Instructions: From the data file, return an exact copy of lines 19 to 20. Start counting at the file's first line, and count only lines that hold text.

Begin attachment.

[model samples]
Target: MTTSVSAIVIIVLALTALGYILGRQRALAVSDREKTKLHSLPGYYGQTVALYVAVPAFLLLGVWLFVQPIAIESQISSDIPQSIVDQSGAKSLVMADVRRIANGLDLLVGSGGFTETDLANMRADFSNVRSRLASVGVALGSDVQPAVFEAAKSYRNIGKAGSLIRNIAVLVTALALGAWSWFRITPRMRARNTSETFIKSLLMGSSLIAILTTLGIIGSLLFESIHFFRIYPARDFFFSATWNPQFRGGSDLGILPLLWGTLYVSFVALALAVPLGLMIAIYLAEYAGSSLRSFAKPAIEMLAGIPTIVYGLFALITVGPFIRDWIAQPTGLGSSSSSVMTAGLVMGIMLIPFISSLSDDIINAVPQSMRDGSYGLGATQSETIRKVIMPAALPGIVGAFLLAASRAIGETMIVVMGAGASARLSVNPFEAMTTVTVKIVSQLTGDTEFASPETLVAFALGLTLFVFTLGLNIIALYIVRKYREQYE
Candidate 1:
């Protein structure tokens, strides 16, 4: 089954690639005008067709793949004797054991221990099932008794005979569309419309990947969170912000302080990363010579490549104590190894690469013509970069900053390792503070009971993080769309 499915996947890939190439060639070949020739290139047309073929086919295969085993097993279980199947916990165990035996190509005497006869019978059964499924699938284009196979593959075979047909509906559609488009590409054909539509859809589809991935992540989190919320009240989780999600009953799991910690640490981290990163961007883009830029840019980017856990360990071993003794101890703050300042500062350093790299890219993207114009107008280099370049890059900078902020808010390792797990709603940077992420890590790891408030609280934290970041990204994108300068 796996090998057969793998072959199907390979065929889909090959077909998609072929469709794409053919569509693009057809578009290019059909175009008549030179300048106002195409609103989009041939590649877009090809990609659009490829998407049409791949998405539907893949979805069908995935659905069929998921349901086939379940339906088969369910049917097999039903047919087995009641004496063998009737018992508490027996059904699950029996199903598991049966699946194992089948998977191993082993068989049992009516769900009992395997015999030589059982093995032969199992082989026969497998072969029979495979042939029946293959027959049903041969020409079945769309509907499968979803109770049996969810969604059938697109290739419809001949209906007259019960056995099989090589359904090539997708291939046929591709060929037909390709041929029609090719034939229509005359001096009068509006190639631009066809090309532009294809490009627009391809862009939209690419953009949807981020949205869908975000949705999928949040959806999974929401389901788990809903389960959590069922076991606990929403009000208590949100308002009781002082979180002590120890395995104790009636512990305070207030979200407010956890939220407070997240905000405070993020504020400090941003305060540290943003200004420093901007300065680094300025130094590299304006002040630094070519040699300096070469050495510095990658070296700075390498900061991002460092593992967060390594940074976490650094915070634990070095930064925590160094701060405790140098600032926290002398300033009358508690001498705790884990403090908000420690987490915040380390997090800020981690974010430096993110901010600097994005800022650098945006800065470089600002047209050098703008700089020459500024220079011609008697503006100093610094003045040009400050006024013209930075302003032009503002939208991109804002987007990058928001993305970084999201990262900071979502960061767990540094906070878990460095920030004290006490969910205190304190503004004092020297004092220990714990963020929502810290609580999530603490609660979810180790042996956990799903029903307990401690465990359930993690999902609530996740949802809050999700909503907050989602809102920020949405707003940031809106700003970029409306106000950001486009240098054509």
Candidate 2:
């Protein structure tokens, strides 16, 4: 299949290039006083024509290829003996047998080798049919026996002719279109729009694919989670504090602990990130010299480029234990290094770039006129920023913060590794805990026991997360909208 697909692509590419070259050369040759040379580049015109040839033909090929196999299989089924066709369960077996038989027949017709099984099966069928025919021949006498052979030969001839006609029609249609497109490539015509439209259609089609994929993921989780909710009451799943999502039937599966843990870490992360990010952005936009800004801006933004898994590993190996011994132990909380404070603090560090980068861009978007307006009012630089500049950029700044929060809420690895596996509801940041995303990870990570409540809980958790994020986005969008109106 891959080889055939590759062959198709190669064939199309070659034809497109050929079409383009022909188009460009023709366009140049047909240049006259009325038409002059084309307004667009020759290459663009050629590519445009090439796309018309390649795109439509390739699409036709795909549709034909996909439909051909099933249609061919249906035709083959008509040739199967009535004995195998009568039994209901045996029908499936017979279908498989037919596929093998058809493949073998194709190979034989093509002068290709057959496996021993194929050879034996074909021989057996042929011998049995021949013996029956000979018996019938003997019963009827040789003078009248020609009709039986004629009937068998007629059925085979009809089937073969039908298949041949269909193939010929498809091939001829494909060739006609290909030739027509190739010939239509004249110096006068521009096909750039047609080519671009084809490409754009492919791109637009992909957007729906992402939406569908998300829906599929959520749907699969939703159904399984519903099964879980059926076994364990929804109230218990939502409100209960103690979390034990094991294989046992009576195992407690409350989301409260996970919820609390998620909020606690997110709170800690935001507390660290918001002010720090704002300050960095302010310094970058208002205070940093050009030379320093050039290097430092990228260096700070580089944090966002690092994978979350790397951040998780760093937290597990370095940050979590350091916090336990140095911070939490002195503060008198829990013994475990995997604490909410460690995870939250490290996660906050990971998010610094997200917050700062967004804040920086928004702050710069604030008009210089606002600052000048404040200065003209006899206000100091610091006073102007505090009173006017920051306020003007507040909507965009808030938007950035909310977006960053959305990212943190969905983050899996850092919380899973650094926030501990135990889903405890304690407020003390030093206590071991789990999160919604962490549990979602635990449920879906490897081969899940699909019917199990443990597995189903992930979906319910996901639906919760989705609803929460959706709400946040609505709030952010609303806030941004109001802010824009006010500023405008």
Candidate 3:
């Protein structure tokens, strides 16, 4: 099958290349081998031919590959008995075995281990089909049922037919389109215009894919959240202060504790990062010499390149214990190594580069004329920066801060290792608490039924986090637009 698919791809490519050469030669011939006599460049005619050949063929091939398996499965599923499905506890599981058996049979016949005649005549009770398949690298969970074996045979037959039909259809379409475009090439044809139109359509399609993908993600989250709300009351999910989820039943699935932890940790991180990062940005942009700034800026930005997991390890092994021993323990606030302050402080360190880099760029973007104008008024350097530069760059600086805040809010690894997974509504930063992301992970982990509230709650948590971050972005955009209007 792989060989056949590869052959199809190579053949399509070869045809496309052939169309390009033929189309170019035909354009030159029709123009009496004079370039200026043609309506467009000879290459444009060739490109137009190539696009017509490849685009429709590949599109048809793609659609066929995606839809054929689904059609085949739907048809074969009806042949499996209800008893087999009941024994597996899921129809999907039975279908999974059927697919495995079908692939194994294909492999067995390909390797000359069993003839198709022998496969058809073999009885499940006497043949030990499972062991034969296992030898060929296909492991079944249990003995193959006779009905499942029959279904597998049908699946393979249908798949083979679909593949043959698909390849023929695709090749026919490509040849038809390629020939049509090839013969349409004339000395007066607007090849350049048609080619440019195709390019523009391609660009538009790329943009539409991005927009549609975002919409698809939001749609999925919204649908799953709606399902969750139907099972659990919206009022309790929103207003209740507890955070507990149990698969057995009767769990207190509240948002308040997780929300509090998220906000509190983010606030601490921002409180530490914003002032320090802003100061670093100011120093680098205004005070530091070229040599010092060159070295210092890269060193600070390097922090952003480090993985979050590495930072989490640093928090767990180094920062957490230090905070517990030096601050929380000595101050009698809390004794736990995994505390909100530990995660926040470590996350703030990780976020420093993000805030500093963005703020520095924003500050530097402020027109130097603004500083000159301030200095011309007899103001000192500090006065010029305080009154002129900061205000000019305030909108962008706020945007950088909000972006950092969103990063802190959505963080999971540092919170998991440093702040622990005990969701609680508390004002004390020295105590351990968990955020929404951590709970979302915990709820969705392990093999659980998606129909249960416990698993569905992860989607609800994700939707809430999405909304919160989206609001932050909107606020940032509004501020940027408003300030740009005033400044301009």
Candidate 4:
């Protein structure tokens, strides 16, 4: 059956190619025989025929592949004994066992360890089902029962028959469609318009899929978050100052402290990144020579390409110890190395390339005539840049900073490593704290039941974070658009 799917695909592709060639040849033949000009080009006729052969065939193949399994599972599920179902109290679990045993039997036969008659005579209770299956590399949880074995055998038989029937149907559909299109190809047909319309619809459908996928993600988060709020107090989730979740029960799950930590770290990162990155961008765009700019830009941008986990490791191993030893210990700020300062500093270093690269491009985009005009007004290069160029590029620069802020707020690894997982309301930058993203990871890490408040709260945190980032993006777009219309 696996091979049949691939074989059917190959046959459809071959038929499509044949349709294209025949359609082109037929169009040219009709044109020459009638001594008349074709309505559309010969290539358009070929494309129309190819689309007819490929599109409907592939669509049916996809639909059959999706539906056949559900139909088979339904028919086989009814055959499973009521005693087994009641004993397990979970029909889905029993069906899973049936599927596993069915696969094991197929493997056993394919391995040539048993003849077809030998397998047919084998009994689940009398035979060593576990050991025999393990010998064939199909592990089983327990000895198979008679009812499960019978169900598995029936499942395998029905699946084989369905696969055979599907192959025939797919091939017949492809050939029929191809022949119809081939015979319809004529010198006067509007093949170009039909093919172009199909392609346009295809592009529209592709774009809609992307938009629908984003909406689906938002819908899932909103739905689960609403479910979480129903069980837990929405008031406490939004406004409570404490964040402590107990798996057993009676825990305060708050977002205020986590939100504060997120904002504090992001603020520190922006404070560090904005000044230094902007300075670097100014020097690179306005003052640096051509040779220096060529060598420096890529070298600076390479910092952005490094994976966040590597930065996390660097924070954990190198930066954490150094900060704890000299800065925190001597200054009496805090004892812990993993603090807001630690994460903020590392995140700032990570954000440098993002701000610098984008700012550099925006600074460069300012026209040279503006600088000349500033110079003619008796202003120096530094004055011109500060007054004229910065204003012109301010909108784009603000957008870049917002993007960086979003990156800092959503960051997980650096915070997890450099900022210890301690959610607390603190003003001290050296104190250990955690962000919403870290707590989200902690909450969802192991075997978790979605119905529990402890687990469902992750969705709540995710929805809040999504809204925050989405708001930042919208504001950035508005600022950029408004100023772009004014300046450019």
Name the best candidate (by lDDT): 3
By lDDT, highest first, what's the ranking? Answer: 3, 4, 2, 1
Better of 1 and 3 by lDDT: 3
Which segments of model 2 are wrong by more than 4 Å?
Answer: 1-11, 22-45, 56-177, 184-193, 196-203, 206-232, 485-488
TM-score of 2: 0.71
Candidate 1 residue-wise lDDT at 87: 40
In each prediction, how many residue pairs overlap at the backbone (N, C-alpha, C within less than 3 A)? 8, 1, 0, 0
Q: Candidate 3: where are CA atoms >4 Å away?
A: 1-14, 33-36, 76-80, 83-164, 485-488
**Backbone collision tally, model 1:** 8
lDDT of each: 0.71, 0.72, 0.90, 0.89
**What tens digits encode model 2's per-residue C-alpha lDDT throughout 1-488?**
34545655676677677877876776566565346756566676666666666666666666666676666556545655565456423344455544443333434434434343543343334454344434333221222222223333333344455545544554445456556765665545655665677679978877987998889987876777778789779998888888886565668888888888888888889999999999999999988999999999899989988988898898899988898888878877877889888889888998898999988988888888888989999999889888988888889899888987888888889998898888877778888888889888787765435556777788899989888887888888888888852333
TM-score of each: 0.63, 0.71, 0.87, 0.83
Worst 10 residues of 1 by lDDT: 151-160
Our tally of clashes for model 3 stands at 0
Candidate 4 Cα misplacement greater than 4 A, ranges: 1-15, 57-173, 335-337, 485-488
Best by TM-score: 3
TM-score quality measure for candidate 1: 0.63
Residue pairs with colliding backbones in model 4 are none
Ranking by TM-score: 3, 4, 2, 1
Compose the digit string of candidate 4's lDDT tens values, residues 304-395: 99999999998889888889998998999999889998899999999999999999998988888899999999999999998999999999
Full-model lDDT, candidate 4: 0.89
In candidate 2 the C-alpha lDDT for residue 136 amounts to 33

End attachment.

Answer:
Q: Candidate 3: where are CA atoms >4 Å away?
A: 1-14, 33-36, 76-80, 83-164, 485-488